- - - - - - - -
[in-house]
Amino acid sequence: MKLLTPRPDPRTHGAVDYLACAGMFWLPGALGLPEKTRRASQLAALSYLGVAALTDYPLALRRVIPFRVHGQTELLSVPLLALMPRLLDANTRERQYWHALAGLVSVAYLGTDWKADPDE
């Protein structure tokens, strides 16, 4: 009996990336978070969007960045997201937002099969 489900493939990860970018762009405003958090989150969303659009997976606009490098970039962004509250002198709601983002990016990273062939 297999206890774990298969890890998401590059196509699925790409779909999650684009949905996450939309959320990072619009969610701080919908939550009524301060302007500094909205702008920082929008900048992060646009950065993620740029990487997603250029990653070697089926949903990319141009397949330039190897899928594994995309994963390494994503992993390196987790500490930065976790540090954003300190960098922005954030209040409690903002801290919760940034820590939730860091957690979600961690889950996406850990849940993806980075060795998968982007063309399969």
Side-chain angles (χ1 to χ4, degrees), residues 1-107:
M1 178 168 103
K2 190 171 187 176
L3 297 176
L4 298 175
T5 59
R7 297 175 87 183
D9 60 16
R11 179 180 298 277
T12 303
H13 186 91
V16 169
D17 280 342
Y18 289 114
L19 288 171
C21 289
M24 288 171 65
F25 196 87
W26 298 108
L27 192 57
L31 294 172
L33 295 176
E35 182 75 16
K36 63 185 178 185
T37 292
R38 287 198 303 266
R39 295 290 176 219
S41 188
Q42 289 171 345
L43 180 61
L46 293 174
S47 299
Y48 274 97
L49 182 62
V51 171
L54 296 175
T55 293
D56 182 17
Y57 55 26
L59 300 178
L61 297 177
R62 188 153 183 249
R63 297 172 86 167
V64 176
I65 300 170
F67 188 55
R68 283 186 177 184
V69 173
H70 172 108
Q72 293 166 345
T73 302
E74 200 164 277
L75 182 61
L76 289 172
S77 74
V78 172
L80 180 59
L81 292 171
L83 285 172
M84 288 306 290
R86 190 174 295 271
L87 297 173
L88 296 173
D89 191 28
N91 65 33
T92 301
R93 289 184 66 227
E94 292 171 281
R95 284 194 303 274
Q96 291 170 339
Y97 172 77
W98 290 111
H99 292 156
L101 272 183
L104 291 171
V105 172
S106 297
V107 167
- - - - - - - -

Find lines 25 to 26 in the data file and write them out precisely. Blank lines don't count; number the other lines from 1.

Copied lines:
L33 295 176
E35 182 75 16